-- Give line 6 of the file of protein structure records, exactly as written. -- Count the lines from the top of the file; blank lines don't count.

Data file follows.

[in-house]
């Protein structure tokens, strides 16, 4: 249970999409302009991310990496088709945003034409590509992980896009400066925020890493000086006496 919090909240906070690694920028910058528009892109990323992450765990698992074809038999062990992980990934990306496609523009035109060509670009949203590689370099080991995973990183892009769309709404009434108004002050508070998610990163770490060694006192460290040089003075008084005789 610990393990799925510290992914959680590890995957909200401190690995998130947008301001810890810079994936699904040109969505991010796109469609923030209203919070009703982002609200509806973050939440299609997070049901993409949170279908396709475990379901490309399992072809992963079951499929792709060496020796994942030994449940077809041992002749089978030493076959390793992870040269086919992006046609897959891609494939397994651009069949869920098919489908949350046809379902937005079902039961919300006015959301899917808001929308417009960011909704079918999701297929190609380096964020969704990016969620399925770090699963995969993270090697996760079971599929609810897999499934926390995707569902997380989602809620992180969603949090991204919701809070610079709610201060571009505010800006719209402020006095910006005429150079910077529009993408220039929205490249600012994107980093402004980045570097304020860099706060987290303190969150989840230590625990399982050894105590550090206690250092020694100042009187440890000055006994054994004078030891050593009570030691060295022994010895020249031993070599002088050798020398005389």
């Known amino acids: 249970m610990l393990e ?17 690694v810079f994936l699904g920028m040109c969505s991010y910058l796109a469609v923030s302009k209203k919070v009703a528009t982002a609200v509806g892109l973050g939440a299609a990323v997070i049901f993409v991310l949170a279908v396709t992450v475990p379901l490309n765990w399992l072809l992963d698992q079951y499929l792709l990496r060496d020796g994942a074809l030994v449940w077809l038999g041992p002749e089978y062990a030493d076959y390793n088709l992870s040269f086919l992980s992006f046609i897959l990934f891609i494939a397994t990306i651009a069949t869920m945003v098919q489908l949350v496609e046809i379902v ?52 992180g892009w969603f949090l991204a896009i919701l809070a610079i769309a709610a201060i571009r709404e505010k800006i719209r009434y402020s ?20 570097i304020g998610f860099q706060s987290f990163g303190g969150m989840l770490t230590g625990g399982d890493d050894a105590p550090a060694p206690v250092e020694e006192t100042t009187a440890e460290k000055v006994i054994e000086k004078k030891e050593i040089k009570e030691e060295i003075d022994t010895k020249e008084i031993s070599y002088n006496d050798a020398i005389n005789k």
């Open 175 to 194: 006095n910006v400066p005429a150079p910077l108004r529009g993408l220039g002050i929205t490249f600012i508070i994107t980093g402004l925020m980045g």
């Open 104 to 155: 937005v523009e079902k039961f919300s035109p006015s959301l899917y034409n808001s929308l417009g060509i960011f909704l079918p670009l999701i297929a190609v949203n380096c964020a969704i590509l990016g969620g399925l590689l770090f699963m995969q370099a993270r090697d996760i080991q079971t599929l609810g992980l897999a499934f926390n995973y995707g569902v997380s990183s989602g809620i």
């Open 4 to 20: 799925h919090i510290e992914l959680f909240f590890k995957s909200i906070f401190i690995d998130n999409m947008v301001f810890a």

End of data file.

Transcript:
């Open 4 to 20: 799925h919090i510290e992914l959680f909240f590890k995957s909200i906070f401190i690995d998130n999409m947008v301001f810890a």